Call to Conscience--Save Darfur

August 13, 2007

Robert Parham has a good column today at Ethics Daily entitled "Call to Conscience--Save Darfur." Here are a few highlights:

Belmont United Methodist Church in Nashville, Tenn., has a large, simple green sign with white letters facing a well-traveled street: "A Call to Your Conscience:"

... Meeting in Accra, Ghana, with a large delegation of African participants, the Baptist World Alliance's general council adopted a resolution on Darfur.

Worldwide Baptists expressed concern in July about "the armed conflicts in Sudan, contrived famines, destruction of communities, lack of transparent truth and accountability and other human rights violations."

They called on global Baptists to develop partnerships with the Sudanese Baptists and requested that BWA leaders advocate for Darfur through letters to national and international leaders.

For a long time, younger Baptist bloggers have focused on Darfur, including Sam Davidson, Aaron Weaver, Brian Kaylor, Michael Westmoreland-White, Laura Seay, and John Henson.

Stopping the genocide in Darfur is a consensus moral concern within much of the Christian and Jewish communities of faith. But concern about Darfur hasn't translated into ending the genocide.

... Darfur needs continuous calls to conscience and concrete action. An estimated 200,000 people have been killed and some 2.5 million have fled their homes. The influx of refugees into neighboring Chad and the Central African Republic compounds the humanitarian crisis.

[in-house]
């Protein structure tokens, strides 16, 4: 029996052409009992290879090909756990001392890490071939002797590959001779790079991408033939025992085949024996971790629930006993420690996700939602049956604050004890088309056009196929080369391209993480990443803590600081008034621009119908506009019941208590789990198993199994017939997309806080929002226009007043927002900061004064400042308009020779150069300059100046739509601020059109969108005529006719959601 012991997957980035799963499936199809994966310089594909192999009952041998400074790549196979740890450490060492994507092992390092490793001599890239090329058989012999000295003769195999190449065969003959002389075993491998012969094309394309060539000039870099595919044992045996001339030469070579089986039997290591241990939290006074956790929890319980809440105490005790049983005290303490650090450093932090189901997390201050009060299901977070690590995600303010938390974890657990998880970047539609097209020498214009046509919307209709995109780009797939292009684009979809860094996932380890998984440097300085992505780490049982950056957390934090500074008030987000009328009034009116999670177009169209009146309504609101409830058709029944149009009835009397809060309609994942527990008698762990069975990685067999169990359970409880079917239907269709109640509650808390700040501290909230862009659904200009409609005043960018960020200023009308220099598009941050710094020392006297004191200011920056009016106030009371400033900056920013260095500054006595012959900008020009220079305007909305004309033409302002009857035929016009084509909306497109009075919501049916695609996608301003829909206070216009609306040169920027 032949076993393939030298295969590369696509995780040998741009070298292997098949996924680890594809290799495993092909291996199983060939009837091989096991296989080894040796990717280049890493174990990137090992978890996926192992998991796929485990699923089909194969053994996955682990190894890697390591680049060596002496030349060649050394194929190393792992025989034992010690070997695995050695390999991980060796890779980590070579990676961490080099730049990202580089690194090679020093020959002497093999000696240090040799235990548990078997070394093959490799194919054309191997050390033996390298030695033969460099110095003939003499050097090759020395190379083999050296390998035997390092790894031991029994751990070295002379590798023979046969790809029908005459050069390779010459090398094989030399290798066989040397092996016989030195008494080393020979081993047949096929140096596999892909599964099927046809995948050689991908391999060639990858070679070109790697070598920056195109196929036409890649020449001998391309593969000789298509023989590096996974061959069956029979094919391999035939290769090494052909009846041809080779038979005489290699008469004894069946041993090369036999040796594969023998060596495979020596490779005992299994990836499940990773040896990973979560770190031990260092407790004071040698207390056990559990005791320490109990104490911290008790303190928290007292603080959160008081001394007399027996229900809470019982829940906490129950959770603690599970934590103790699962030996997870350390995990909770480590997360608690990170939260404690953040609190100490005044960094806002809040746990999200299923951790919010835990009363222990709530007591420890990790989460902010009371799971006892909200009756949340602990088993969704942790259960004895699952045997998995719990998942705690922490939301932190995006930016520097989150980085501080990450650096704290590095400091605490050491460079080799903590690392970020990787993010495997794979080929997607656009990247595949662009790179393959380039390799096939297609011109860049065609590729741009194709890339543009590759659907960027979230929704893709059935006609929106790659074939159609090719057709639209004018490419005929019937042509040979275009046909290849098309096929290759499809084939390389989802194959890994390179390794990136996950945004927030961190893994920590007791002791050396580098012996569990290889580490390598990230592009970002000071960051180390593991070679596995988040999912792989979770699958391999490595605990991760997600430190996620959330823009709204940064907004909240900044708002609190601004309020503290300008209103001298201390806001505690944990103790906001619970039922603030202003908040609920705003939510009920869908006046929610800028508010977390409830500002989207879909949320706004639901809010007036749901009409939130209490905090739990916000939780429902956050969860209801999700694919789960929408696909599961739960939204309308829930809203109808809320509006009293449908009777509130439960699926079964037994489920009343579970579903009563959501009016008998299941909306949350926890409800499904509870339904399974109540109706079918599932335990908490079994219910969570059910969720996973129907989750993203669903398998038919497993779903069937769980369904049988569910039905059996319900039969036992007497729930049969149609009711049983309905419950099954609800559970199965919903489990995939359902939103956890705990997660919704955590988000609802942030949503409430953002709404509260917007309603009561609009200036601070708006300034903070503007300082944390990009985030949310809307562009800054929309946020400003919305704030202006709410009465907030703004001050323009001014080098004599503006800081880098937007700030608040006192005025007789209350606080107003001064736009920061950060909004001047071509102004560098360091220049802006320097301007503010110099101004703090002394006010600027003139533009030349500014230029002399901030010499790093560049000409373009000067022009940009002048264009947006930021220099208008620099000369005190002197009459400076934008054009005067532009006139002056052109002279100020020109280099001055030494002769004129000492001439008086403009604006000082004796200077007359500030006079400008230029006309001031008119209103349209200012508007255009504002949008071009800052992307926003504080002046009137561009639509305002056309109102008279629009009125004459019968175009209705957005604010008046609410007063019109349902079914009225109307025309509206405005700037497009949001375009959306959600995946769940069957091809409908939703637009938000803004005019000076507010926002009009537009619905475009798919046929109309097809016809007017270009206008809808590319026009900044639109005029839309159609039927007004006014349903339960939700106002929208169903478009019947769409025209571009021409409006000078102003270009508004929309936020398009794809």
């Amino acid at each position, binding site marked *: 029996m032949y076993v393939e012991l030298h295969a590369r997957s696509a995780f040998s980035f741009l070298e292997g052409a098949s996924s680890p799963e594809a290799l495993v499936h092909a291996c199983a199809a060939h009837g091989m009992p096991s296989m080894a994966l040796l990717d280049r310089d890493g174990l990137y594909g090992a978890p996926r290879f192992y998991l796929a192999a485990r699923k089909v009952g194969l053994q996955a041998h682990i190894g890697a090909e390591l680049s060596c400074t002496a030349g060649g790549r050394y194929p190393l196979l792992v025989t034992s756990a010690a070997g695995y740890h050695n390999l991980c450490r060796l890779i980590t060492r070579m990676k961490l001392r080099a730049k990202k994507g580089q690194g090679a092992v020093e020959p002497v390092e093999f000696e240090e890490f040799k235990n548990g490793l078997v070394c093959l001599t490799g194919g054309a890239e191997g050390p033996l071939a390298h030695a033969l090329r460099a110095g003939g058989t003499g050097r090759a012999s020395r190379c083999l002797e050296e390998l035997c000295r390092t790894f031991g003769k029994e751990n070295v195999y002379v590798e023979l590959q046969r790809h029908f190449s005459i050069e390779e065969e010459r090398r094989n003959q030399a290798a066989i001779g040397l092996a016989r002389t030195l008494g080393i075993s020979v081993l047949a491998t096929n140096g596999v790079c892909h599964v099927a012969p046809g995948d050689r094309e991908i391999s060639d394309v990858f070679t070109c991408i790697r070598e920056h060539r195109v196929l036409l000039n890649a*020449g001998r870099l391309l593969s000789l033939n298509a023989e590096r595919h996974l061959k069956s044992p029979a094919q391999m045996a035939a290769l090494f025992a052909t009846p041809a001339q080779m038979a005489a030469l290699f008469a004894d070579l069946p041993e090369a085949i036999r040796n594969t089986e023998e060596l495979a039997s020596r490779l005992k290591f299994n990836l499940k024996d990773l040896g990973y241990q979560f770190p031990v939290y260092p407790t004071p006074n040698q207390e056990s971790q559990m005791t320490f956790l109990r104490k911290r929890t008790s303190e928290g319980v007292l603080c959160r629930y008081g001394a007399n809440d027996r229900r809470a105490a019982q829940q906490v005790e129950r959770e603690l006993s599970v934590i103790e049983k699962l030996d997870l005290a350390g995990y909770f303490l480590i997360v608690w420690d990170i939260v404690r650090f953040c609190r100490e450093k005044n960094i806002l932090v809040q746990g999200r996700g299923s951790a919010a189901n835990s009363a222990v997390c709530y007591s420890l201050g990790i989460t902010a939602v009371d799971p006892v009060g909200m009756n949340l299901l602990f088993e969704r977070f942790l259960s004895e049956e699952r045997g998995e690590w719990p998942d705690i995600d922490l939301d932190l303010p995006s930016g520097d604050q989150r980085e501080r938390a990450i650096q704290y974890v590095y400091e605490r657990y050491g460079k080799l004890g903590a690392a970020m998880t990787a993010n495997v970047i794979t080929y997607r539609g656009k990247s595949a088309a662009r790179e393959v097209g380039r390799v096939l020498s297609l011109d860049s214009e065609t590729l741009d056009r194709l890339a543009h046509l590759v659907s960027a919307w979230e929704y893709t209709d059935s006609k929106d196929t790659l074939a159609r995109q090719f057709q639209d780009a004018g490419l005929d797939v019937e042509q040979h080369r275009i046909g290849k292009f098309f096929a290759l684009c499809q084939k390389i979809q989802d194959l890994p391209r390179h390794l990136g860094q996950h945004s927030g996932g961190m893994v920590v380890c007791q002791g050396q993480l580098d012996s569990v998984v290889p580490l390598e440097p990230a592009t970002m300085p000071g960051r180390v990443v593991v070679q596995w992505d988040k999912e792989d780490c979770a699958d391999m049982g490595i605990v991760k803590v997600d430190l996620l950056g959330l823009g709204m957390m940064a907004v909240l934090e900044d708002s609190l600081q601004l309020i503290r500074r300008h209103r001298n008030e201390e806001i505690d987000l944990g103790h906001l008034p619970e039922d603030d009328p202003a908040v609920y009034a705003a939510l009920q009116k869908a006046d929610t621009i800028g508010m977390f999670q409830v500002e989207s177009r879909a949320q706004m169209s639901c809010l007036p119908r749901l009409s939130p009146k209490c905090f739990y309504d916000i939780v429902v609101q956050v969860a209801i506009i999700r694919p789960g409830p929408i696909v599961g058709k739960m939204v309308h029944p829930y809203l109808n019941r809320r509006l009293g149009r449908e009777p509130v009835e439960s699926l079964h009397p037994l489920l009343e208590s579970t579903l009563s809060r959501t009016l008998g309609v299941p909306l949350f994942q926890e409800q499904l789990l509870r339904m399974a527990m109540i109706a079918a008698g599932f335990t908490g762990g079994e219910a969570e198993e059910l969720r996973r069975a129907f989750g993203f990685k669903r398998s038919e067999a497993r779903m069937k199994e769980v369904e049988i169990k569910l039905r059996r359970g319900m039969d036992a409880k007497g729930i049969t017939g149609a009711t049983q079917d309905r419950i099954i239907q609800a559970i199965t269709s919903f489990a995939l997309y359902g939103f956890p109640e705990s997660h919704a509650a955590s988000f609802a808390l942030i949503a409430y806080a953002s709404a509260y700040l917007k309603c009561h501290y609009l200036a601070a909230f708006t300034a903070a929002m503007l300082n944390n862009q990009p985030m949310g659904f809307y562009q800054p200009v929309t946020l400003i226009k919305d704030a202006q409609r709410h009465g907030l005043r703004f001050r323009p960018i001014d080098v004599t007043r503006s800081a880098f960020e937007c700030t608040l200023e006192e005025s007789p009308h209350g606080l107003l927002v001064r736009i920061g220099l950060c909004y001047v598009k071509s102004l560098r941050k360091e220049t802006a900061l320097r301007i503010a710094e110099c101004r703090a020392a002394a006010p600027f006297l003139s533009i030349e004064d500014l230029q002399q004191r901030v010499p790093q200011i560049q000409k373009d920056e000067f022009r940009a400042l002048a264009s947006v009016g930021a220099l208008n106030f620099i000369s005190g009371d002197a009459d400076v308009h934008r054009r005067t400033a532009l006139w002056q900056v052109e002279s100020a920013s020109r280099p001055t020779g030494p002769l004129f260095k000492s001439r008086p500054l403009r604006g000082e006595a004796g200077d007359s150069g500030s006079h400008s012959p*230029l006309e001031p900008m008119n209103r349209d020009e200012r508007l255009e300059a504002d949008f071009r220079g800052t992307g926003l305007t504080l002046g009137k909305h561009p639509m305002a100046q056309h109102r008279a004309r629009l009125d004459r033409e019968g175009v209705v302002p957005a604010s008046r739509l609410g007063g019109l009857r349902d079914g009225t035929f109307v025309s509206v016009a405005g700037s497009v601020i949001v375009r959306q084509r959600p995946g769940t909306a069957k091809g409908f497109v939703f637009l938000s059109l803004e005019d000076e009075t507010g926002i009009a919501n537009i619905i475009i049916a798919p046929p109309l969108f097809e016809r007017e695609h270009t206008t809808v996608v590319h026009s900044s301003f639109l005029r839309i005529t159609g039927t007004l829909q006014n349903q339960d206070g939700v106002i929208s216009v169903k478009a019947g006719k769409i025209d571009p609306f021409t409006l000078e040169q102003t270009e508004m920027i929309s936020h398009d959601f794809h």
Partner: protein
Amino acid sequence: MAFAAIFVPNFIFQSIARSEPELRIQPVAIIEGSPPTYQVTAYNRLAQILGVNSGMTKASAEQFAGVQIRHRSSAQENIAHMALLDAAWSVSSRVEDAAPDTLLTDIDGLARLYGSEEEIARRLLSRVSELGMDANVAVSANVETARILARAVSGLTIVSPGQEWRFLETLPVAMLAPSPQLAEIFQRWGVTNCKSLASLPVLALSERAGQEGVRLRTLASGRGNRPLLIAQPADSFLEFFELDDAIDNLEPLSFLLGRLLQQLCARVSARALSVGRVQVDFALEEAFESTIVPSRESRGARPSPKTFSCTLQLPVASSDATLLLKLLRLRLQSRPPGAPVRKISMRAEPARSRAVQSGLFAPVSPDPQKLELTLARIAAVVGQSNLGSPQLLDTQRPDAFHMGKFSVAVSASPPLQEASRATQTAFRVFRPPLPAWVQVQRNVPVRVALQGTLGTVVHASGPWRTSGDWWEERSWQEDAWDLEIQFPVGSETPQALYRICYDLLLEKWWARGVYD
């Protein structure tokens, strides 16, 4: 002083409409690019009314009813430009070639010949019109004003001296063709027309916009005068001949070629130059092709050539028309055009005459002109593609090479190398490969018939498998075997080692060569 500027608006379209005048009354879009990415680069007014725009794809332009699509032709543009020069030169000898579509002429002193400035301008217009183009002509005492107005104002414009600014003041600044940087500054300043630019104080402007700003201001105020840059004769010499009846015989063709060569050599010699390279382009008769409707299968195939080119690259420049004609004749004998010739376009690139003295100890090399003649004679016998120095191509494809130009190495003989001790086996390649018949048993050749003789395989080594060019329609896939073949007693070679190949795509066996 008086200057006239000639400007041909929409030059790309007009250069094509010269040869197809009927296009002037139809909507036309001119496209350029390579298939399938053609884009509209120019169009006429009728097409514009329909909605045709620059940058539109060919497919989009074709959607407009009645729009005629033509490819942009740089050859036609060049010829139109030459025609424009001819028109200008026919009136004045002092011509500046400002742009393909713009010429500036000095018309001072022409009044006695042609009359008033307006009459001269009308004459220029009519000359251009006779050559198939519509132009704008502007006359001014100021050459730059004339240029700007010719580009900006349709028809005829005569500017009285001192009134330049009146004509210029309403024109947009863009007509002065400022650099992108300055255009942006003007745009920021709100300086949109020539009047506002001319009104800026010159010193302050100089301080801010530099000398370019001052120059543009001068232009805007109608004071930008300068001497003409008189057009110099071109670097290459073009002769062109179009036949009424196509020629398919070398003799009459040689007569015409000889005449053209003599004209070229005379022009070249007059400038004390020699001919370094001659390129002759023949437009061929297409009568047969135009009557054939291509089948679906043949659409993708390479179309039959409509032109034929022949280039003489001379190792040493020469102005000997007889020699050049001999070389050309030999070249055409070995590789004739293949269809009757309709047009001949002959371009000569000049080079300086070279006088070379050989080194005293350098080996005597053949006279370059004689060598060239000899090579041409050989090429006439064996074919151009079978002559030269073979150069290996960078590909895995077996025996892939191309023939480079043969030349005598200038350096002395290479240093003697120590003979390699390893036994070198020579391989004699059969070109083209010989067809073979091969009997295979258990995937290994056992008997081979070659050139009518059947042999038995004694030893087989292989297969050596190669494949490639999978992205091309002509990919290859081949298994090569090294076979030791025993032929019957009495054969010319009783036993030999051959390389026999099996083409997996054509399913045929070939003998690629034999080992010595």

So, what can we do? We can certainly do more than we have. And now, with some hopeful signs about the situation related to Sudan, we need to make Darfur a greater priority.

Visit the Web site of a coalition of faith and human rights groups, Save Darfur, where more information and concrete action ideas are available.

Contact to your congressional representatives and senators during the August recess about the need for real U.S. leadership on Darfur, referencing Kristof's suggestions.

Ask your area religious institutions--universities, hospitals or foundations--if they are invested in genocide and if so, to divest from companies doing business with Sudan.

Keep Darfur a priority in houses of faith--it's evidence of our moral conscience.
This is a tragic situation that must be addressed. Parham offers some great tips on what each of us can do. We need to talk about it, raise awareness, and put pressure on people to finally take action.